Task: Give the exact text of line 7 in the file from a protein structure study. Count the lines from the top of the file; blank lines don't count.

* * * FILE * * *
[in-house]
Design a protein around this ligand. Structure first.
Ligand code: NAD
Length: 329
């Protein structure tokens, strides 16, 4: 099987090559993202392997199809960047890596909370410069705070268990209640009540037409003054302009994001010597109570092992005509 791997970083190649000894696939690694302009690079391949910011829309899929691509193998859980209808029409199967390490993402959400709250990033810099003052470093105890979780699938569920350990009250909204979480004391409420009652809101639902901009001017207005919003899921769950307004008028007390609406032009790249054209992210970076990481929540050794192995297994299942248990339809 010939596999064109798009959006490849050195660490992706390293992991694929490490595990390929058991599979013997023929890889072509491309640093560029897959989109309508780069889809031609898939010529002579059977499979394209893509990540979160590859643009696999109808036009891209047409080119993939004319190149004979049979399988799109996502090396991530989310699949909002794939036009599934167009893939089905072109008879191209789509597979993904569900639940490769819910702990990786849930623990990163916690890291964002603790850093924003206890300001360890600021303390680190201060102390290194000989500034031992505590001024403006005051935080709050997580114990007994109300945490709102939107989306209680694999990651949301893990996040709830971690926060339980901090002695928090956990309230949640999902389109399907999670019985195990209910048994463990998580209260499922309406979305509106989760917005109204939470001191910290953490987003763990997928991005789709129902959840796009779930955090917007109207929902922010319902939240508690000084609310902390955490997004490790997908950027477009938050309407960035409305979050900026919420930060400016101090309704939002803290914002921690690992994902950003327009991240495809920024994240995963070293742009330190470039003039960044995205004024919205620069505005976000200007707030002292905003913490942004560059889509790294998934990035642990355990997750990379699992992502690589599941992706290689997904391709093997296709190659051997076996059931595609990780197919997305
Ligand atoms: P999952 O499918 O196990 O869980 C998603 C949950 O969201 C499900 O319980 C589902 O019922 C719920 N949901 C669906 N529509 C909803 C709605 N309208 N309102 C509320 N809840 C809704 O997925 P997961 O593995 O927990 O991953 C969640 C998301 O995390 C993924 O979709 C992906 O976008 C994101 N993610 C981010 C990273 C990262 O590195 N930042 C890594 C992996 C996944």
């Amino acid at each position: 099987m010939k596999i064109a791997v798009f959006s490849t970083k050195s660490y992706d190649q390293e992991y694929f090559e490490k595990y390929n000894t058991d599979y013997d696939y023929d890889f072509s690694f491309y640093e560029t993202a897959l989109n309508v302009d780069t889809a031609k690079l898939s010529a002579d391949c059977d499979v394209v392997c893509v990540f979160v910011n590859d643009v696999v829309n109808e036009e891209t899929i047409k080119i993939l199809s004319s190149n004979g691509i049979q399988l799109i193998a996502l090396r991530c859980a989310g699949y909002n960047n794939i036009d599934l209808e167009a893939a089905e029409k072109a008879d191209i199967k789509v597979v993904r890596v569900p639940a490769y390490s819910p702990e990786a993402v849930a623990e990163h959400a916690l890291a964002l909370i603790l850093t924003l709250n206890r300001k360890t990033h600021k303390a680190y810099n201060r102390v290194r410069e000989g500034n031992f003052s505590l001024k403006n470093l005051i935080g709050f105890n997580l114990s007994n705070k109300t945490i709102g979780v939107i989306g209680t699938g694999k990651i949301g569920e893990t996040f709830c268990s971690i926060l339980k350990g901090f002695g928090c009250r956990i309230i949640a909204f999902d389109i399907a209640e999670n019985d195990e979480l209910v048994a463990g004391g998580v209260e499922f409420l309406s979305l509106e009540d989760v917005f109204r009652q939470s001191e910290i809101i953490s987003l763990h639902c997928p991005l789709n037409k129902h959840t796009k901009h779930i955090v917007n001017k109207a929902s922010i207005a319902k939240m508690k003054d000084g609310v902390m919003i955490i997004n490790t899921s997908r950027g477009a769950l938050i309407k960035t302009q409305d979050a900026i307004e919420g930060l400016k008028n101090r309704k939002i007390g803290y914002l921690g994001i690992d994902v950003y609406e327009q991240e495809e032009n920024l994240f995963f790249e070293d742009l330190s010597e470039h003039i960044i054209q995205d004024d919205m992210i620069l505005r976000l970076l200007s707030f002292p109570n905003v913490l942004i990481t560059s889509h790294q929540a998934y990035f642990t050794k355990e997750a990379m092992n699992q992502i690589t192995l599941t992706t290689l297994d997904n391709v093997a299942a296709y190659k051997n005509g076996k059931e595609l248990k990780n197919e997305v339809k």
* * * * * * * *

């Amino acid at each position: 099987m010939k596999i064109a791997v798009f959006s490849t970083k050195s660490y992706d190649q390293e992991y694929f090559e490490k595990y390929n000894t058991d599979y013997d696939y023929d890889f072509s690694f491309y640093e560029t993202a897959l989109n309508v302009d780069t889809a031609k690079l898939s010529a002579d391949c059977d499979v394209v392997c893509v990540f979160v910011n590859d643009v696999v829309n109808e036009e891209t899929i047409k080119i993939l199809s004319s190149n004979g691509i049979q399988l799109i193998a996502l090396r991530c859980a989310g699949y909002n960047n794939i036009d599934l209808e167009a893939a089905e029409k072109a008879d191209i199967k789509v597979v993904r890596v569900p639940a490769y390490s819910p702990e990786a993402v849930a623990e990163h959400a916690l890291a964002l909370i603790l850093t924003l709250n206890r300001k360890t990033h600021k303390a680190y810099n201060r102390v290194r410069e000989g500034n031992f003052s505590l001024k403006n470093l005051i935080g709050f105890n997580l114990s007994n705070k109300t945490i709102g979780v939107i989306g209680t699938g694999k990651i949301g569920e893990t996040f709830c268990s971690i926060l339980k350990g901090f002695g928090c009250r956990i309230i949640a909204f999902d389109i399907a209640e999670n019985d195990e979480l209910v048994a463990g004391g998580v209260e499922f409420l309406s979305l509106e009540d989760v917005f109204r009652q939470s001191e910290i809101i953490s987003l763990h639902c997928p991005l789709n037409k129902h959840t796009k901009h779930i955090v917007n001017k109207a929902s922010i207005a319902k939240m508690k003054d000084g609310v902390m919003i955490i997004n490790t899921s997908r950027g477009a769950l938050i309407k960035t302009q409305d979050a900026i307004e919420g930060l400016k008028n101090r309704k939002i007390g803290y914002l921690g994001i690992d994902v950003y609406e327009q991240e495809e032009n920024l994240f995963f790249e070293d742009l330190s010597e470039h003039i960044i054209q995205d004024d919205m992210i620069l505005r976000l970076l200007s707030f002292p109570n905003v913490l942004i990481t560059s889509h790294q929540a998934y990035f642990t050794k355990e997750a990379m092992n699992q992502i690589t192995l599941t992706t290689l297994d997904n391709v093997a299942a296709y190659k051997n005509g076996k059931e595609l248990k990780n197919e997305v339809k």